Embodiments of the present invention address at least some of the drawbacks set forth above. The present invention provides for the improved environmental protection of solar cells generally and thin-film solar cells in particular. It should be understood that this invention is generally applicable to any type of solar cell, whether they are rigid or flexible in nature or the type of material used in the absorber layer. Embodiments of the present invention may be adapted for roll-to-roll and/or batch manufacturing processes. At least some of these and other objectives described herein will be met by various embodiments of the present invention.

The present invention provides methods and devices for improved environmental protection for photovoltaic devices and assemblies. In one embodiment, the device comprises of an individually encapsulated solar cell, wherein the encapsulated solar cell includes at least one protective layer coupled to at least one surface of the solar cell. The protective layer has a chemical composition that prevents moisture from entering the solar cell and wherein light passes through the protective layer to reach an absorber layer in the solar cell. It should be understood that the protective layer described herein can be applied to any type of photovoltaic device and is not limited to thin-film, organic, or silicon based solar cells. Individual encapsulation of the cell and/or cell string can effectively address the issue of lateral ingress of vapor between the top and bottom protective sheets.

In one embodiment of the present invention, a device is provided comprised of an individually encapsulated solar cell, wherein the encapsulated solar cell includes at least one protective layer coupled to at least one surface of the solar cell. The protective layer has a chemical composition that substantially prevents moisture from entering the solar cell, wherein light passes through the protective layer to reach an absorber layer in the solar cell.

For any of the embodiments described herein, the following may also apply. In one embodiment, the protective layer may be comprised of a substantially organic material. In another embodiment, the protective layer may be comprised of a heat curable hardcoat material. The protective layer may be a radiation curable hardcoat material. The protective layer may be a UV curable hardcoat material. The protective layer may be a clear, non-yellowing silicone-based hardcoat material. The protective layer may be a curable polyacrylate hardcoat containing silica particles.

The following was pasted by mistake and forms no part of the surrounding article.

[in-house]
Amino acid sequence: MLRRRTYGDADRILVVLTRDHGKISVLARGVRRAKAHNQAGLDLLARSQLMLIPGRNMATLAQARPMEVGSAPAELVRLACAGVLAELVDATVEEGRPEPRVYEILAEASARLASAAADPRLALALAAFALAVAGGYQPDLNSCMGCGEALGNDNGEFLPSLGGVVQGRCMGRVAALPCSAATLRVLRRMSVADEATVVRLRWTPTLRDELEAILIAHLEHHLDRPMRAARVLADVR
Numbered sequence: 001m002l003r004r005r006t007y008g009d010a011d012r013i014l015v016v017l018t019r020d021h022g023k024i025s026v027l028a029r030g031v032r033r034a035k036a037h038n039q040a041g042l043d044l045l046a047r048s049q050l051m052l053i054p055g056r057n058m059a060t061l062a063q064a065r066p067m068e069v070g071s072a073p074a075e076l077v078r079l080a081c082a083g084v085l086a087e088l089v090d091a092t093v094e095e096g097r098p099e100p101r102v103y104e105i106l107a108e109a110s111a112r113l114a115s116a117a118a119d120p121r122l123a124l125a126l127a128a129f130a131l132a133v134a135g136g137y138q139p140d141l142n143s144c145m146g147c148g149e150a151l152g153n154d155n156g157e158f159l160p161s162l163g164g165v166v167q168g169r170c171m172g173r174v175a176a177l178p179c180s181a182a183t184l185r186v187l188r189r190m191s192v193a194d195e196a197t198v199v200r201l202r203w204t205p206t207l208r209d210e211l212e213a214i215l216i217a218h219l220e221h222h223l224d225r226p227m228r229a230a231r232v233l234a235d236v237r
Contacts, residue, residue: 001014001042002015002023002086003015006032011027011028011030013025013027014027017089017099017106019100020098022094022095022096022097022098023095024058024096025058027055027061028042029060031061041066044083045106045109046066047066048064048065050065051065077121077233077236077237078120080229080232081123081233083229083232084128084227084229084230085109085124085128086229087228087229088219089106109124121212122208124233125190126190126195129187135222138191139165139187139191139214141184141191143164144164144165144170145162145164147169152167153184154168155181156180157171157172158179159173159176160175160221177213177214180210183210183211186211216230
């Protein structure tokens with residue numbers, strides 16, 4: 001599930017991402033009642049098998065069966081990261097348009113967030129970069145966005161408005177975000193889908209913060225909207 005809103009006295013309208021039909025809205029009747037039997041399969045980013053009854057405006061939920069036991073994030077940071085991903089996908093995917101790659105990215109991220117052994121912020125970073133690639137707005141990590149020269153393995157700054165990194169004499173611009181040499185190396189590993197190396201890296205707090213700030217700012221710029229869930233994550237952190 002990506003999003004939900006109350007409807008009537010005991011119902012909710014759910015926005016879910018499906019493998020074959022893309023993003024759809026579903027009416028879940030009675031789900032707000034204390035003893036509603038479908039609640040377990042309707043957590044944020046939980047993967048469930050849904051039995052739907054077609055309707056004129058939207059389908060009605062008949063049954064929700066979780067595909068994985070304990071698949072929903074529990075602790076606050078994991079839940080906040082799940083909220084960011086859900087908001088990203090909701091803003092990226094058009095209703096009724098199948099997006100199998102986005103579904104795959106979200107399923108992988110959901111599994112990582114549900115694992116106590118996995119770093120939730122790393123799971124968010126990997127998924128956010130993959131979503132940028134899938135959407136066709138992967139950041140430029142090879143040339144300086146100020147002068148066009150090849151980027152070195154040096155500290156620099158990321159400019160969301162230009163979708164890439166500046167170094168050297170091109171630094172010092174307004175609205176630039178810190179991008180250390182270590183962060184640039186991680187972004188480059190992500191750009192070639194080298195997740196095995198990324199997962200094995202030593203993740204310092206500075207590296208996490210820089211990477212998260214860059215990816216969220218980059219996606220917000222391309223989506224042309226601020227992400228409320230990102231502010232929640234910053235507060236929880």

For any of the embodiments described herein, the following may also apply. The protective layer may include an acrylic composition containing at least one filler material, at least one multifunctional acrylic material, and at least one higher functional acrylic material. The filler material may be silica, functionalized silica, and/or acrylate functionalized silica. The filler material may be in the form of nanoparticles having maximum dimensions of about 1 micron or less. The filler material may be a silicone based material. The filler material may include a colloidal silica and a silane selected from the group consisting of: 3-methacryloxypropyltrimethoxysilane, 3-acryloxypropyltrimethoxysilane, 2-methacryloxyethyltrimethoxysilane, 2-acryloxyethyltrimethoxysilane, 3-methacryloxypropyltriethoxysilane, 3-acryloxypropyltriethoxysilane, 2-methacryloxyethyltriethoxysilane, 2-acryloxyethyltriethoxysilane, 3-glycidoxypropyltrimethoxysilane, 2-glycidoxyethyltrimethoxysilane, 3-glycidoxypropyltriethoxysilane, 2-glycidoxyethyltriethoxysilane, and/or combinations thereof

For any of the embodiments described herein, the multifunctional acrylic material may be selected from the group of: diacrylates, such as 1,6-hexanediol diacrylate, 1,4-butanediol diacrylate, ethylene glycol diacrylate, diethylene glycol diacrylate, tetraethylene glycol diacrylate, tripropylene glycol diacrylate, neopentyl glycol diacrylate, 1,4-butanediol dimethacrylate, poly(butanediol) diacrylate, tetraethylene glycol dimethacrylate, 1,3-butylene glycol diacrylate, triethylene glycol diacrylate, triisopropylene glycol diacrylate, polyethylene glycol diacrylate, and bisphenol; dimethacrylate; triacrylates such as trimethylolpropane triacrylate, trimethylolpropane trimethacrylate, pentaerythritol monohydroxy triacrylate, and trimethylolpropane triethoxy triacrylate; tetraacrylates, such as pentaerythritol tetraacrylate and di-trimethylolpropane tetraacrylate; and pentaacrylates, such as dipentaerythritol; (monohydroxy) pentaacrylate, or combinations thereof.

For any of the embodiments described herein, the following may also apply. The higher multifunctional acrylic material is selected from the group consisting of: triacrylates such as trimethylolpropane triacrylate, trimethylolpropane trimethacrylate, pentaerythritol monohydroxy triacrylate, and trimethylolpropane triethoxy triacrylate; tetraacrylates, such as pentaerythritol tetraacrylate and di-trimethylolpropane tetraacrylate; and pentaacrylates, such as dipentaerythritol; and/or (monohydroxy) pentaacrylate. Combinations of any of the foregoing is also envisioned. It should be understood that an initiator and/or a photoinitiator may be combined in the hardcoat. The photoinitiator may be selected from the group consisting of: 2-hydroxy-2-methyl-1-phenyl-propan-1-one or 2,2-dimethoxy-2-phenyl-acetyl-phenone, and/or combinations thereof. The uncured hardcoat may also include an anaerobic gelation inhibitor. The anaerobic gelation inhibitor may be selected from the group consisting of: 2,2,6,6-tetramethylpiperidinyloxy, 4-hydroxy-2,2,6,6-tetramethylpiperidinyloxy, bis(4-hydroxy-2,2,6,6-tetramethylpiperidinyloxy sebacate diradical, 2,2-diphenyl-1-picrylhydrazyl, 1,3,5-triphenylverdazyl, 1-nitroso-2-naphthol, a nitrone, methylhydroquinone, galvinoxyl, 4-hydroxy-2,2,6,6-tetramethylpiperidinyloxy, N-t-butyl-α-phenyl nitrone, 2,2-diphenyl-1-picryl-hydrazyl hydrate (DPPH), and/or combinations thereof. The hardcoat precursor may also include a diluent. The diluent may be selected from the group consisting of: isopropanol, t-butanol, n-propanol, n-butanol, methanol, ethanol, ethylene glycol n-butyl ether, and mixtures thereof